Initiative is next step in move away from fee-for-service.
[Updated April12, 2016]
The Centers for Medicare & Medicaid Services (CMS) is preparing to take another step in moving primary care away from the traditional fee-for-service payment model.
The agency today announced it was launching Comprehensive Primary Care Plus (CPC+), a program CMS says will make it easier for primary care doctors to deliver the best outcomes for patients covered by Medicare and pay them for achieving results and improving care. The program also ratchets up the financial consequences for physicians of not meeting quality and utilization metrics.
“The Comprehensive Primary Care Plus model represents the future of health care that we’re striving towards,” Patrick Conway, MD, CMS deputy administrator and chief medical officer said in a press release. “By supporting primary care doctors and clinicians to spend time with patients, serve patients’ needs outside of the office visit, and better coordinate care with specialists we can continue to build a health care system that results in healthier people and smarter spending of our health care dollars.”
CMS says the initiative can accommodate up to 5,000 practices, which would encompass more than 20,000 providers and 25 million patients across the country.
Next: Detailing the program
The unveiling of CPC+ represents the next step in CMS’s intention to emphasize quality and outcomes over volume when reimbursing primary care physicians. Early in 2015 CMS laid out a goal of tying 30% of Medicare payments to quality and value via alternative payment models by the end of 2016 and 50% by the end of 2018.
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Practices will participate in the initiative on one of two tracks. In Track 1, practices will receive a monthly care management fee from CMS in addition to fee-for-service payments under the Medicare physician fee schedule. Practices choosing Track 2 will also receive a monthly care management fee, but instead of full fee-for-service payments they will receive what CMS describes as “a hybrid of reduced Medicare fee-for-service payments and up-front comprehensive primary care payments for those services.” The goal is to allow practices more flexibility in delivering care outside of the traditional face-to-face encounter.
According to CMS, the CPC+ program is designed to help primary care practices to:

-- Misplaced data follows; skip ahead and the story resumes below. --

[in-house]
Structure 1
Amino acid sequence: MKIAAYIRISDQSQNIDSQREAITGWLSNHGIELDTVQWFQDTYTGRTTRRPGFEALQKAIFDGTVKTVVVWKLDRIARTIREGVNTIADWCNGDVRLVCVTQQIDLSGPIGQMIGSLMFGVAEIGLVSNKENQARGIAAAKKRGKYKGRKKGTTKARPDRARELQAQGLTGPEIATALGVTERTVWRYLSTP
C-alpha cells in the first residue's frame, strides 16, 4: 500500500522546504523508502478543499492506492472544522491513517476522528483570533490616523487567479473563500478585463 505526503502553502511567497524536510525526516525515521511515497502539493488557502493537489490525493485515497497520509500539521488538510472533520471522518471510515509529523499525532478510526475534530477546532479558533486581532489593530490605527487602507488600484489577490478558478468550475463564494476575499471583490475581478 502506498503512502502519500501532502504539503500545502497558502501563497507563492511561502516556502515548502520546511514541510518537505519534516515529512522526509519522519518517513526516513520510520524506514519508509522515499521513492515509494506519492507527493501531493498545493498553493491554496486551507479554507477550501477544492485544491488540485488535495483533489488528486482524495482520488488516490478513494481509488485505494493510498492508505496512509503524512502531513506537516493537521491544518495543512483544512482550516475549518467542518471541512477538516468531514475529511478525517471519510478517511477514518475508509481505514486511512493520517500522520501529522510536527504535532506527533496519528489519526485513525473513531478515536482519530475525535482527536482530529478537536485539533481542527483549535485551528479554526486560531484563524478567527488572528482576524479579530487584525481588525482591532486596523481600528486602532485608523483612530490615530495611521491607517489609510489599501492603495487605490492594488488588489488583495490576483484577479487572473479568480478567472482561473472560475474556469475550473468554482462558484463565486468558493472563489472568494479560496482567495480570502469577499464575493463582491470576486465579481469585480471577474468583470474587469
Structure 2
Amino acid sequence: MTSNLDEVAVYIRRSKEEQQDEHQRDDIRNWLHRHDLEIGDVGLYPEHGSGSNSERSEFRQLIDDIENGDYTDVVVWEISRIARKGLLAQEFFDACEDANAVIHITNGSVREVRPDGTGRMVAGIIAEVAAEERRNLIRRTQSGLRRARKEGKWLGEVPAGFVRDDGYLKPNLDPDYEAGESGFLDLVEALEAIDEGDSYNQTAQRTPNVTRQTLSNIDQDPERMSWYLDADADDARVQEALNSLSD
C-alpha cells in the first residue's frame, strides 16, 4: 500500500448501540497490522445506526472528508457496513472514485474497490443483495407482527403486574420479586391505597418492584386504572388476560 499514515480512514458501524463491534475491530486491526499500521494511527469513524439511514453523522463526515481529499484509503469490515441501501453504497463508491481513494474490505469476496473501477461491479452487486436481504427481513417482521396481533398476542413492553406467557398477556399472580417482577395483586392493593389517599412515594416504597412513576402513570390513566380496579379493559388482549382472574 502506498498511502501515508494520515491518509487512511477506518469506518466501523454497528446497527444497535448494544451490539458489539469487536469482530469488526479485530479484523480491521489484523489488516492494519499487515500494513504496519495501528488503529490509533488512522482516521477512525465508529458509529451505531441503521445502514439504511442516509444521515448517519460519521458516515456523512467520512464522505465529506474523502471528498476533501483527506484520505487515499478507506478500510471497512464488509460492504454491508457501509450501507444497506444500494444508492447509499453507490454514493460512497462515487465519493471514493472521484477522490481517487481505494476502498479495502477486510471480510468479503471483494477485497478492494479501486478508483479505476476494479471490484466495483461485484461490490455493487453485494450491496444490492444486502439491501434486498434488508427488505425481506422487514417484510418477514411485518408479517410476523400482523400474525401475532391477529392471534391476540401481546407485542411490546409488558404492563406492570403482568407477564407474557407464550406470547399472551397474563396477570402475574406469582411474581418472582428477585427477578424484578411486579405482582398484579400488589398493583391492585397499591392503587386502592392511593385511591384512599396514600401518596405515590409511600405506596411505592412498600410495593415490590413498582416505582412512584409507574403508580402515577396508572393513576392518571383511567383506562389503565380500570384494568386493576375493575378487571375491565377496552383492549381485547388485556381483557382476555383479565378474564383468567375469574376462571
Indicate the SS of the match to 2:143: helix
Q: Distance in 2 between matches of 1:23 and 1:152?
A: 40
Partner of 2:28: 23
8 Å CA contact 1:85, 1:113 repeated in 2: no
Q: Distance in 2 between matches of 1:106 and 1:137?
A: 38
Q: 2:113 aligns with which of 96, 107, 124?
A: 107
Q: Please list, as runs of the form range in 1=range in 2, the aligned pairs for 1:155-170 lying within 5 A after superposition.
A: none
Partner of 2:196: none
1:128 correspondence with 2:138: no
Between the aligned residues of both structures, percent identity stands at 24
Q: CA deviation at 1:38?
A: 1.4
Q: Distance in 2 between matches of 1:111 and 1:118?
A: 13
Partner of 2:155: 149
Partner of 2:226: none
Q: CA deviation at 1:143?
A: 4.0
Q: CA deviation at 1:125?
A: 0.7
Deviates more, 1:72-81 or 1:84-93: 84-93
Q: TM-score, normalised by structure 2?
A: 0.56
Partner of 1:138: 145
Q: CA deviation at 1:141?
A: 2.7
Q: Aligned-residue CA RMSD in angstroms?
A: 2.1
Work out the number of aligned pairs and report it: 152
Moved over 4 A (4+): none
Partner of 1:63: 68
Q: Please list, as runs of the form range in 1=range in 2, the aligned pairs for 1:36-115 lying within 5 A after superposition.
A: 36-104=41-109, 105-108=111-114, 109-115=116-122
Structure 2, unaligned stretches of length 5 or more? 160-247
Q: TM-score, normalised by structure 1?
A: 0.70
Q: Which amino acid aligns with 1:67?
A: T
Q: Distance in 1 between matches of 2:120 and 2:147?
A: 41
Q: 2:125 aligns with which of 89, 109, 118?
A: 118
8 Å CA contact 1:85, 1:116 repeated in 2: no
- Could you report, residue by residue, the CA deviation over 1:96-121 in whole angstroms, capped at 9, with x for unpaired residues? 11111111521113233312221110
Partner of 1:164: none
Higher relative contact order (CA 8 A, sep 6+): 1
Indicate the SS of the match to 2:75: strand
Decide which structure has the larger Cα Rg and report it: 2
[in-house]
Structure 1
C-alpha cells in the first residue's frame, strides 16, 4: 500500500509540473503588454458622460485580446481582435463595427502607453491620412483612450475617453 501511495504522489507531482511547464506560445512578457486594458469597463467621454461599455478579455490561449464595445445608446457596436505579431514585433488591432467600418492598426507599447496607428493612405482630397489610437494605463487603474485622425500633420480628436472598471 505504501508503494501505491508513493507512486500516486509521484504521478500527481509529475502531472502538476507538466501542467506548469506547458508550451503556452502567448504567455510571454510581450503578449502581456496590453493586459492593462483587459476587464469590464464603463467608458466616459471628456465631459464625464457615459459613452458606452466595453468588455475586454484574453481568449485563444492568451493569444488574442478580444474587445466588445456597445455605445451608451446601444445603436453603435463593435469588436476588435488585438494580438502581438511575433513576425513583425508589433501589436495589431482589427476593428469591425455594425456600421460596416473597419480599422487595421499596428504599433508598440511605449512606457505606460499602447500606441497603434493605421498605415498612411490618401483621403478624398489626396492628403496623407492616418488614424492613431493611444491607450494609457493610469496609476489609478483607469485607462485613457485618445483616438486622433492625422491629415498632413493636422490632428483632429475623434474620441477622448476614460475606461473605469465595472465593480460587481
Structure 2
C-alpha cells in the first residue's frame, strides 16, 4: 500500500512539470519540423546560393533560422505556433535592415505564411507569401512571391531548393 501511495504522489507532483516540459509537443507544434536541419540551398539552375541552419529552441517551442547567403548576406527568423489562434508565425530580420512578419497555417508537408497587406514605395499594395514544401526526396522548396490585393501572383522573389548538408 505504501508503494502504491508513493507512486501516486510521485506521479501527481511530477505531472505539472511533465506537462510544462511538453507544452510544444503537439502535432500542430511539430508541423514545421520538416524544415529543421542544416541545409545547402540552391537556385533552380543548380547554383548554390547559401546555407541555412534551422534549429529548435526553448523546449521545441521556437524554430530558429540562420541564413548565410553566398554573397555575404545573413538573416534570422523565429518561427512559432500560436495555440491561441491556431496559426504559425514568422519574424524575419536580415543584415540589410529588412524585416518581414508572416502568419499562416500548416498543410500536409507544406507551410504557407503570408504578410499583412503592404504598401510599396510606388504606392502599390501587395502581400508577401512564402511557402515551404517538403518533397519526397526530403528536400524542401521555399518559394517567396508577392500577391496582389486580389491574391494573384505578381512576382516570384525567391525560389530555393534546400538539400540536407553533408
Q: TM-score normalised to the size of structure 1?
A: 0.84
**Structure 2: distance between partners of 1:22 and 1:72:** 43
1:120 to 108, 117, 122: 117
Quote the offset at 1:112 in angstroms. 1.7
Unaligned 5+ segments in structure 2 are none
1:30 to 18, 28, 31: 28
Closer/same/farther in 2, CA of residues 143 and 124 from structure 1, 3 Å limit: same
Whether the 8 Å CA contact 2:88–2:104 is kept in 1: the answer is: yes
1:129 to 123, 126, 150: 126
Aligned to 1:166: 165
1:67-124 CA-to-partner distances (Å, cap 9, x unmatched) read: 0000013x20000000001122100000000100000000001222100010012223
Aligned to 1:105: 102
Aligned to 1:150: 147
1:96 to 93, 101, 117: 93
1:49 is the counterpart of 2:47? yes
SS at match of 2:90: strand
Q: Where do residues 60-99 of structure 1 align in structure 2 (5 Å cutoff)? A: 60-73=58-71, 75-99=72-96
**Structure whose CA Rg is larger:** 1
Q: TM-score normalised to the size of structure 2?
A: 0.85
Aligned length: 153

Next: What this will mean, plus organizations speak out
Practices on both tracks will receive data on their costs and utilization patterns, as well as up-front incentive payments. Payments for practices on Track 1 will be $2.50 per beneficiary per month, while those on Track 2 will be $4 per beneficiary per month. Practices will either keep or repay the incentive payments based on their ability to meet quality and utilization thresholds.
CPC+ also calls for Medicare to partner with commercial and state health insurance plans to help practices deliver advanced primary care, a concept that focuses on elements such as accessibility to services, care that is proactive and comprehensive, and patient engagement.
Physician organizations were cautiously supportive of the initiative. In a written statement, the American College of Physicians (ACP) says it believes that “CPC+ offers the potential of greatly strengthening the ability of internists and other primary care clinicians…to deliver effective and accessible primary care to millions of their patients.”
The ACP adds that it’s “encouraged” by the availability of two different tracks for participating in CPC+, “with different care delivery requirements and payment methodologies that reflect the diversity in primary care practices.”
The American Academy of Family Physicians (AAFP) expressed similar support.
“(We) applaud the CMS announcement of the COC+ initiative,” the organization said in a written statement. “The American public has been calling for a health care system that provides comprehensive, effective and virtually seamless healthcare.”
AAFP says it feels the new payment program “is yet another important step toward transforming the way patients get care, the quality and efficiency of that care, and the overall improvement of health in the community.”